I was dubious about Venmo when my friends started using it several months ago, but because FOMO is a real thing, I ended up downloading it. If you don’t know, Venmo is an app that easily lets you send and receive payments amongst your friends. Because I’ve grown to appreciate Venmo for the small part in plays in my life, I started telling my brother about it over dinner.
“It’s kind of like Paypal! It’s safe, it connects to your debit card, and it’s free!” Despite my enthusiasm, Aaron, my brother, was clearly unimpressed. He didn’t think it was a problem worth creating an app over. But Aaron is also the kind of person who pays for dinner without worrying about who owes how much or who should pay for dinner next time. He hates that you “charge” your friends their half of the bill. “It’s stingy. Like I’m pinching pennies or counting good deeds,” he said. He’s either altruistic or too lazy to care about even distribution of money.
But not everyone has my brother’s generosity (or apathy), so Venmo has become increasingly popular within my circle of friends.
My friends and I use Venmo because it’s easier than hassling our attractive waiter into splitting our check five different ways. When going out to dinner, there’s always someone who doesn’t have the right amount of cash. It’s a minor inconvenience, but figuring out how to settle the bill when each person brought 20 bucks is time consuming. On top of that, I’m embarrassingly bad at math so when we start calculating how much each person owes plus tax plus gratuity, I’ve probably already mentally checked out, imagining a scenario wherein I’m rich and I pay for everyone’s meals and we move on with our lives.
One of my brother’s concerns with Venmo is that it connects to your bank account, which makes him feel as if he’s relinquishing control of his money even though he’s fully capable of paying someone back without Venmo. And it’s true: there’s a sense of realness that our smartphones take away from us. My brother is not advocating for the literal exchange of money between hands, but rather he dislikes the growing obsolescence of human connection when doing things with people in a tangible way.
So, really, Aaron doesn’t hate Venmo; he simply hates the idea that we are slowly relying on apps similar to Venmo when “the old fashioned way” worked just as well. After all, why should we fix something that isn’t broken?
In a time when we rely on smartphones for everything — from directions to restaurant reviews to dating — my brother thinks it’s important to bring back some agency in your life. We are not a technologically-dependent people who are incapable of splitting checks. This becomes more interesting when we think about which of us is right: Do I rely too much on non-essential apps when the entire history of humanity existed and thrived without them? Or is my brother wasting time when he has to go to the bank to withdraw cash?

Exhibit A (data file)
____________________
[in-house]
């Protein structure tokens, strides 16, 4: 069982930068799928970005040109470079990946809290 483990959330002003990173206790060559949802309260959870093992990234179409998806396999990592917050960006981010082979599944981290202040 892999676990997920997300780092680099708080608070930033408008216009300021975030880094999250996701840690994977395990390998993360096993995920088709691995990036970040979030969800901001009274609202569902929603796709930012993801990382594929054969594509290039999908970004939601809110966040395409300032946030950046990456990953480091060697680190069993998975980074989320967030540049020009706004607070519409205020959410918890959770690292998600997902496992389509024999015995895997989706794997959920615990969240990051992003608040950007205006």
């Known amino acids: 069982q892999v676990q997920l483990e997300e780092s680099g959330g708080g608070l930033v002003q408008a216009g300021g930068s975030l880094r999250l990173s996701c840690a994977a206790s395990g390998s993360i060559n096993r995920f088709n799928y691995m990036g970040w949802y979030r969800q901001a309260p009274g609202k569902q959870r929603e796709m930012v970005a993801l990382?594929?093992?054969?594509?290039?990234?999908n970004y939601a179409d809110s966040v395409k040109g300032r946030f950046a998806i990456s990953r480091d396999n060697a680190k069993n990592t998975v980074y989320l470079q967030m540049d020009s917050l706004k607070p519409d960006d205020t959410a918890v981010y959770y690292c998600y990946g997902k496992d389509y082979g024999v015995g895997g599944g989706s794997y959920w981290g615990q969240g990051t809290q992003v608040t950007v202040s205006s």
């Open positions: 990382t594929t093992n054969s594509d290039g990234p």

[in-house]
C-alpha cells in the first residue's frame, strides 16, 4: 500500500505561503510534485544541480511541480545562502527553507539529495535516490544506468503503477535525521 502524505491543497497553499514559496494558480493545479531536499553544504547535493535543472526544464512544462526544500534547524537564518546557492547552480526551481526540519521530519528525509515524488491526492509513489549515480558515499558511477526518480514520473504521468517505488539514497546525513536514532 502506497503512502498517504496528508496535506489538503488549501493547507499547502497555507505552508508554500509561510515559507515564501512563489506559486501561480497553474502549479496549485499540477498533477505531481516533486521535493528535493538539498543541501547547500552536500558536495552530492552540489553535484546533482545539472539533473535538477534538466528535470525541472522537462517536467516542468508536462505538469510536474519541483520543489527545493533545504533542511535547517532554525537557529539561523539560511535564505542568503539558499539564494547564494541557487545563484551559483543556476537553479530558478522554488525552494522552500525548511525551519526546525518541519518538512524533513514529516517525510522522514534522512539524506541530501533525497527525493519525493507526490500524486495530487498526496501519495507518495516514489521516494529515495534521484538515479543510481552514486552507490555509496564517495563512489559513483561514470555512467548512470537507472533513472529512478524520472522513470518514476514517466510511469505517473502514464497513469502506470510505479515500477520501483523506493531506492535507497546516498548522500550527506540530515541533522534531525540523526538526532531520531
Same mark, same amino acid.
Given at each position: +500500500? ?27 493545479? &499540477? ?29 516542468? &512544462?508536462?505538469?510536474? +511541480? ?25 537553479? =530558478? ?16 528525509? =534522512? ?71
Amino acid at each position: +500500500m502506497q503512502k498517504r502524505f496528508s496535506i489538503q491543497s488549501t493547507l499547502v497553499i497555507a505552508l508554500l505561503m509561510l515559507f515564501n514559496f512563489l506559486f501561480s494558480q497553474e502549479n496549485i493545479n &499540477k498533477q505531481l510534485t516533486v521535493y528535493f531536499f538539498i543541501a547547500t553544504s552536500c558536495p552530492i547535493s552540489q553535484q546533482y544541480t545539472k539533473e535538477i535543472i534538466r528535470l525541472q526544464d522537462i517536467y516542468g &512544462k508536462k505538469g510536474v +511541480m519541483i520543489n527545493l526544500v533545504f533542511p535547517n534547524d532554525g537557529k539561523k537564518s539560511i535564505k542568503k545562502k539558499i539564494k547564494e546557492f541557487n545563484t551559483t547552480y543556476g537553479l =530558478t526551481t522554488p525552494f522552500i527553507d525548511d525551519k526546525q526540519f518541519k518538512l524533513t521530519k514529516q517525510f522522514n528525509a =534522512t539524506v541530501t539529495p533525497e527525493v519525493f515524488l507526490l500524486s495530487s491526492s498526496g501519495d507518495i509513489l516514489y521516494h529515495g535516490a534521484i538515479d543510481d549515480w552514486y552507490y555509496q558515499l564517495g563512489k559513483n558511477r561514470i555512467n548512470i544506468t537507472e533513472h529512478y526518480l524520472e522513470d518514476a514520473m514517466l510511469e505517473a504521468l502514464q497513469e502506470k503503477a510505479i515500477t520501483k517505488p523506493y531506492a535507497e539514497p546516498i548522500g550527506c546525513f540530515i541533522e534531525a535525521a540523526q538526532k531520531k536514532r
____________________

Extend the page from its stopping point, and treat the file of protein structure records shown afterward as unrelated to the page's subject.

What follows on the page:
I haven’t completely sold my soul to the technology devil, but I’m all about making life easier. We don’t need to fix things that aren’t broken and a trip to the bank for cash doesn’t take as long as I exaggerate it does. But there’s something super cool about innovation and the way we can look at something and make it better simply because we can.
There’s no denying that Venmo is useful: Some people use it to pay their roommates for internet, cable, or outrageously expensive movie tickets they tricked themselves into believing was worth it. Some people “charge” their roommates rent, because there’s always that one dude who forgets every single month. And sure, these may be #firstworldproblems, but I’m not one to turn my back on something that has real value —albeit small— only to use outdated checkbooks for tradition’s sake.
While Venmo may be an app that’s marketed to 20-somethings who are conscious about their money but are still committed to going out to dinner three nights a week, that’s okay. Venmo doesn’t have to appeal to my mom or my overly generous, conventional brother; there are enough people who see its functionality for what it is.
The bottom line is that it’s more convenient to Venmo someone 600 bucks for rent instead of carrying actual money around. Sure, it’s not as practical as the Reminder app, but Venmo eliminated a small nuisance in my life easily worth 700 words. We know the great value of our little computer phones, but Venmo reminds us that our iPhones can solve small problems, too. And isn’t this what Steve Jobs wanted all along? If you need to send your friend $8 for a salad, there’s an app for that.